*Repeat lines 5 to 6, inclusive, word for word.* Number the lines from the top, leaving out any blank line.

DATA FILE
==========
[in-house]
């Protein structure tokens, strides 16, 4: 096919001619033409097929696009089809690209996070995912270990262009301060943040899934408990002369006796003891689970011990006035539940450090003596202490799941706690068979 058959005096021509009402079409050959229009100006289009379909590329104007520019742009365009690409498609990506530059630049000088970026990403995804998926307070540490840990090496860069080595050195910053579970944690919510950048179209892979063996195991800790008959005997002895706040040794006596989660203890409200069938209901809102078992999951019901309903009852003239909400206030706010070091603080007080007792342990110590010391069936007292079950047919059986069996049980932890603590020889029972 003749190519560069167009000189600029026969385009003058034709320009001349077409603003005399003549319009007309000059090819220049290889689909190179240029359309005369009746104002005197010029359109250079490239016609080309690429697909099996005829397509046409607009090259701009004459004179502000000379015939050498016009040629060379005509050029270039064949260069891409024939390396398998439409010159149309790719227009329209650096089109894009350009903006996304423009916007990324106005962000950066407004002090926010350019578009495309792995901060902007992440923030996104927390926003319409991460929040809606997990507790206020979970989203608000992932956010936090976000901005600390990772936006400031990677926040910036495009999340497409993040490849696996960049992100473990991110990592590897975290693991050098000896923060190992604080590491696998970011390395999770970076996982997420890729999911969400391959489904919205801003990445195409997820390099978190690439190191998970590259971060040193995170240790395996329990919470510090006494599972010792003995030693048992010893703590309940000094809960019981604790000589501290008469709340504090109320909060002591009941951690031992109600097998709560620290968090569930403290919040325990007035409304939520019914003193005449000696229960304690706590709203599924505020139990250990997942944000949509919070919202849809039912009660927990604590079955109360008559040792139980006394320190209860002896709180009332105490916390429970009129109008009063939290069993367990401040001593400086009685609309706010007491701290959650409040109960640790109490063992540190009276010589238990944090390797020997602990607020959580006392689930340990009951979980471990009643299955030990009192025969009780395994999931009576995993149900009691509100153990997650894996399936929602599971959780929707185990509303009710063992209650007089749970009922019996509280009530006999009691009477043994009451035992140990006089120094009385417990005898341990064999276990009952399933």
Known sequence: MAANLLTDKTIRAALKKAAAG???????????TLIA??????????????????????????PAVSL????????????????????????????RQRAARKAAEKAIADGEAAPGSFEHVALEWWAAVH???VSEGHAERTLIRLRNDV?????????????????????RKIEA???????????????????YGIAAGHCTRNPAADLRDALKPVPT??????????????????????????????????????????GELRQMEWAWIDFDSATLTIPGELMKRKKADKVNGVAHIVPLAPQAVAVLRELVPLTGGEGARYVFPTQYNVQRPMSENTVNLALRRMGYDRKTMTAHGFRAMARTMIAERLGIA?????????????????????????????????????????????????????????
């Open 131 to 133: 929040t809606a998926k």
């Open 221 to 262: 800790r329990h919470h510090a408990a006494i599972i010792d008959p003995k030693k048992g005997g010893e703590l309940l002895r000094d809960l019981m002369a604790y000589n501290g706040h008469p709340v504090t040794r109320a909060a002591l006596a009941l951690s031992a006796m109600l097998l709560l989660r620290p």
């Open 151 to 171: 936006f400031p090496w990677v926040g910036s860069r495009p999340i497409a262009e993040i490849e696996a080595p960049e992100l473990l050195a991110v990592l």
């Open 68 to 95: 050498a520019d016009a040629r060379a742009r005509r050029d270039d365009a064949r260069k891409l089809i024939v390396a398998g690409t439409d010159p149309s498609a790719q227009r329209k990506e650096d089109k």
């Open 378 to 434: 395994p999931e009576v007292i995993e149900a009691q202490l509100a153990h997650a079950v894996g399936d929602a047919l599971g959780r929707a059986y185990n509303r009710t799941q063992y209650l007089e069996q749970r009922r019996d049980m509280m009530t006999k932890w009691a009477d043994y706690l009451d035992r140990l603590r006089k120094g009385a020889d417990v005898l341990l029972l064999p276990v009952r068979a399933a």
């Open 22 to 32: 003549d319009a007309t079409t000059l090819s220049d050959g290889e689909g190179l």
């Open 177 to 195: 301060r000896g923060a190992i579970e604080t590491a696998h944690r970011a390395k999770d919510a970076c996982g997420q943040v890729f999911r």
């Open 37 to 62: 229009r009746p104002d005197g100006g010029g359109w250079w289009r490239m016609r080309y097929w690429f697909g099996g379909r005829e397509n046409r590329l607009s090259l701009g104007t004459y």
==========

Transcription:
């Open 221 to 262: 800790r329990h919470h510090a408990a006494i599972i010792d008959p003995k030693k048992g005997g010893e703590l309940l002895r000094d809960l019981m002369a604790y000589n501290g706040h008469p709340v504090t040794r109320a909060a002591l006596a009941l951690s031992a006796m109600l097998l709560l989660r620290p």
């Open 151 to 171: 936006f400031p090496w990677v926040g910036s860069r495009p999340i497409a262009e993040i490849e696996a080595p960049e992100l473990l050195a991110v990592l």